The panel of expert witnesses advised the Committee that if the United States wants to be a leader in clean energy, it needs to foster innovation by extending successful programs like tax credits, loan guarantees and grants, and adopt a renewable energy standard (RES). Tom Carbone, Chief Executive Officer of Nordic Windpower, said firms like his need clear market signals, such as a price on carbon or a RES, so they can respond to market demand.
Michael Liebreich, Chief Executive of Bloomberg New Energy Finance, emphasized the importance of market signals. Under an RES, the government would require that a certain percentage of utilities’ power plant capacity or generation come from renewable sources by a given date, and mechanisms such as credit trading would allow flexibility in meeting this requirement. However, the RES needs both to be ambitious and to have stiff penalties for noncompliance in order to be successful. Such a policy solution could help create the market demand clean energy firms need to establish footholds and ultimately achieve significant, self-reinforcing growth.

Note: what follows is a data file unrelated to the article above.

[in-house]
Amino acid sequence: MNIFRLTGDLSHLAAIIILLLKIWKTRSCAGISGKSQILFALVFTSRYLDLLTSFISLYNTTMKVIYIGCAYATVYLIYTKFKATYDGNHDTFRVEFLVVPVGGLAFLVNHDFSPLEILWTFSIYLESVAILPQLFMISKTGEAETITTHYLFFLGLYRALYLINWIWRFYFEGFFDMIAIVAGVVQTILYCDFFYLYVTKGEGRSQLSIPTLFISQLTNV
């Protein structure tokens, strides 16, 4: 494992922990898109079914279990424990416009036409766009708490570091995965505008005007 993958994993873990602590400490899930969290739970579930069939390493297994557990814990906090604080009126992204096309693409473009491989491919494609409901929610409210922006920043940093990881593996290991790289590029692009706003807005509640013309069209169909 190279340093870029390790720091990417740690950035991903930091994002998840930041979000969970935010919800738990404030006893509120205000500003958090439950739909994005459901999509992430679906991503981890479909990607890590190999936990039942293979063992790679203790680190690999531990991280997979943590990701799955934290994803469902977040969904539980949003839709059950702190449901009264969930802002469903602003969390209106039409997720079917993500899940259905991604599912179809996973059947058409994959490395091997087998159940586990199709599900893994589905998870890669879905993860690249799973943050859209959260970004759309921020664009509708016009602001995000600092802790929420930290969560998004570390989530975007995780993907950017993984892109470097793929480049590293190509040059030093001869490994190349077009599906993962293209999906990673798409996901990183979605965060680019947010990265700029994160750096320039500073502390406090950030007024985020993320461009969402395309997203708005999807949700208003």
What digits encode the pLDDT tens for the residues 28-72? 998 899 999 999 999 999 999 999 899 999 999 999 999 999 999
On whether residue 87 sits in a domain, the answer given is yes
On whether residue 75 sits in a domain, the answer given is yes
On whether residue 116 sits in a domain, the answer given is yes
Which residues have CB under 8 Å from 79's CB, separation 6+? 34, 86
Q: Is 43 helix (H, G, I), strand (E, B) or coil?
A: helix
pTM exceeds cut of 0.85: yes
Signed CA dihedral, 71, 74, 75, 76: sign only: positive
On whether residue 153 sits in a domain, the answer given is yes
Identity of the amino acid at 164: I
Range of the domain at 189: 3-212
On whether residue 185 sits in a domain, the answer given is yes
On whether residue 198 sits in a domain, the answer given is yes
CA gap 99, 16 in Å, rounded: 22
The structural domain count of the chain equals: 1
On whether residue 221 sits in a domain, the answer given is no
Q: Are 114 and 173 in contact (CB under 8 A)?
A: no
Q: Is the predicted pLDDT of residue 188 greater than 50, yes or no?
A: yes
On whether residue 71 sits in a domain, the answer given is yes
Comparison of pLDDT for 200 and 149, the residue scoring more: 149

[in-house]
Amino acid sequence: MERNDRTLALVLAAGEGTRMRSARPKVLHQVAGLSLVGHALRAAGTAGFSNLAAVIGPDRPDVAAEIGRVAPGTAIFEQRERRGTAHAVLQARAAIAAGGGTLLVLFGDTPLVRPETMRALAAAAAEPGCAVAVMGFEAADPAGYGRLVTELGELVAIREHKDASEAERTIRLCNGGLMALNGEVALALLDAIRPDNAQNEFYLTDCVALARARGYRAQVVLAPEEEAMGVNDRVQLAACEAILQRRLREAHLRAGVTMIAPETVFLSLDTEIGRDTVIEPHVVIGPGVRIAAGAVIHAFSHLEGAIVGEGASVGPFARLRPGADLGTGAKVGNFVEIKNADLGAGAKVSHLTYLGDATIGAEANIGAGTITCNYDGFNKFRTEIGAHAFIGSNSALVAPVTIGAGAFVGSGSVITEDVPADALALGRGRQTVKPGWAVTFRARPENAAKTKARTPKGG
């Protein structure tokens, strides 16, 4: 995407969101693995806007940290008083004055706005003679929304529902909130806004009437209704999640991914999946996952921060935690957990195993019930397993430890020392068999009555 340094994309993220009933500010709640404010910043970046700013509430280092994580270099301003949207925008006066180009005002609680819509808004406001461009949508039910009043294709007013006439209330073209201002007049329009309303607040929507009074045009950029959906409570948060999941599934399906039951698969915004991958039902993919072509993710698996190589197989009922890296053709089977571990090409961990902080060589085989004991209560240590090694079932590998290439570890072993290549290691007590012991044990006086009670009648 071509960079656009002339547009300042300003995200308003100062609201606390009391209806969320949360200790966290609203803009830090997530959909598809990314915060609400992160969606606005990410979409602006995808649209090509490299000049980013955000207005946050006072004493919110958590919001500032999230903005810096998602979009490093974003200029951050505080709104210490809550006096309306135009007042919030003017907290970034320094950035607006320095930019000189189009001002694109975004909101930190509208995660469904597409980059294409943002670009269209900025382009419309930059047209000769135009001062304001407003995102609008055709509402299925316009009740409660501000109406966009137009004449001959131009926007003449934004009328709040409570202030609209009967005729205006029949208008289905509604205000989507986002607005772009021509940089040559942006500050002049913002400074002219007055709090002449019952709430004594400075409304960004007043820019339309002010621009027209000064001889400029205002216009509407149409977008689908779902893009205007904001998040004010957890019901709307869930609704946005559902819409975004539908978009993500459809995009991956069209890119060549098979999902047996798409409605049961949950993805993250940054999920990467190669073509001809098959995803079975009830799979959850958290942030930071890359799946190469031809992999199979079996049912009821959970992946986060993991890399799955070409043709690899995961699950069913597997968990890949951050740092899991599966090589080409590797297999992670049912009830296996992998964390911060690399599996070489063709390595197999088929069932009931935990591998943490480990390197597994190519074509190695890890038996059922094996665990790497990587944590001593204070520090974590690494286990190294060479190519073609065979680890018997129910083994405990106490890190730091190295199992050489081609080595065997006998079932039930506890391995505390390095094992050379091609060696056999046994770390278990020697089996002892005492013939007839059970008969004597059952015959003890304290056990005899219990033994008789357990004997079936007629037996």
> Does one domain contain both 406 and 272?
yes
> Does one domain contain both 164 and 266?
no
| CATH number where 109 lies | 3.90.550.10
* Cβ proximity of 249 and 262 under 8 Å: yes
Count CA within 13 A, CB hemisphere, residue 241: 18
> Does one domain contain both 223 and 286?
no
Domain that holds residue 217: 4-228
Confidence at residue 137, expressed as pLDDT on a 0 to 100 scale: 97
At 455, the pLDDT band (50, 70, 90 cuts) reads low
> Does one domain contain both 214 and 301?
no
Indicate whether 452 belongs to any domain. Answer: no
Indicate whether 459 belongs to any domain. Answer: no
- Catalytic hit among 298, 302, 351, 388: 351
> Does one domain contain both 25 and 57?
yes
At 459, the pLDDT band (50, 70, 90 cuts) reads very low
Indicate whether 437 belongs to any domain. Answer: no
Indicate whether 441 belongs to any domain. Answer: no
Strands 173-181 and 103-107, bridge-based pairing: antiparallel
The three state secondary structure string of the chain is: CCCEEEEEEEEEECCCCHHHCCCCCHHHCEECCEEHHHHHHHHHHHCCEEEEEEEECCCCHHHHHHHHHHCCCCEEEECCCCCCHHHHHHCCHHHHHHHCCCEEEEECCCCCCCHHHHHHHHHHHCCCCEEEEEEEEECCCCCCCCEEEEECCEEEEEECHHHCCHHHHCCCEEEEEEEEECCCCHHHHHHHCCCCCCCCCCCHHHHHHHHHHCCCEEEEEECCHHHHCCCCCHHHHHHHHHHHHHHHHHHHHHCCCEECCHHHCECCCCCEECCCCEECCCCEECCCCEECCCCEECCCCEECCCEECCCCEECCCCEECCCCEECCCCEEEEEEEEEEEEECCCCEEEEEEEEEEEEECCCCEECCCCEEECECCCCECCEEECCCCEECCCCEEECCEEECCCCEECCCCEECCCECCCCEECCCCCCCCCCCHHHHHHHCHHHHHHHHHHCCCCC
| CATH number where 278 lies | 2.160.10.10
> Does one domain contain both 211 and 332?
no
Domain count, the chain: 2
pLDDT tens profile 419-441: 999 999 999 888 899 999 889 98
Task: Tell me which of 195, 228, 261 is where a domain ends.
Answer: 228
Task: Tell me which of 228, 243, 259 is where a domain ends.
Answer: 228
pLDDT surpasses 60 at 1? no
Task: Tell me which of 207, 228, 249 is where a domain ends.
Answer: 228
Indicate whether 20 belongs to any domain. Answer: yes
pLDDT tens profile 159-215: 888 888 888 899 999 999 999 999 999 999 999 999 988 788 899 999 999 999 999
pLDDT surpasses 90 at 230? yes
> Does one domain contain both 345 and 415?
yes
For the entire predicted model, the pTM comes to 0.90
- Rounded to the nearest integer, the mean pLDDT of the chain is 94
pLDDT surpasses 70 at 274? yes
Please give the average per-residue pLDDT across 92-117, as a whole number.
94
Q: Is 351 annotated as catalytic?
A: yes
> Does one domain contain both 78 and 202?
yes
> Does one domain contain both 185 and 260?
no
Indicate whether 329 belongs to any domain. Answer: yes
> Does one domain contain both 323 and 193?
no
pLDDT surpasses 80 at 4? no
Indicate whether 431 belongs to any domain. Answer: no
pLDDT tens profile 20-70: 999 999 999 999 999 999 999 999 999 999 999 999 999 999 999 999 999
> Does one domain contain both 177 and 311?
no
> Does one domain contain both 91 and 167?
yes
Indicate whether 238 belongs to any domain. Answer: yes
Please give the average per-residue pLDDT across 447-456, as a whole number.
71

Mark Fulton, Global Head of Climate Change Investment Research at Deutsche Bank, urged the adoption of policies that are transparent, have longevity, and have certainty (TLC) in order to ensure the United States has a competitive advantage in global energy markets. Investors want transparent policies that clearly define the rules and create a level playing field. So to attract private funding, these policies should be in place for the length of the investment and should not be subject to the kind of frequent and uncertain renewal that has stymied the production tax credit and investment tax credit.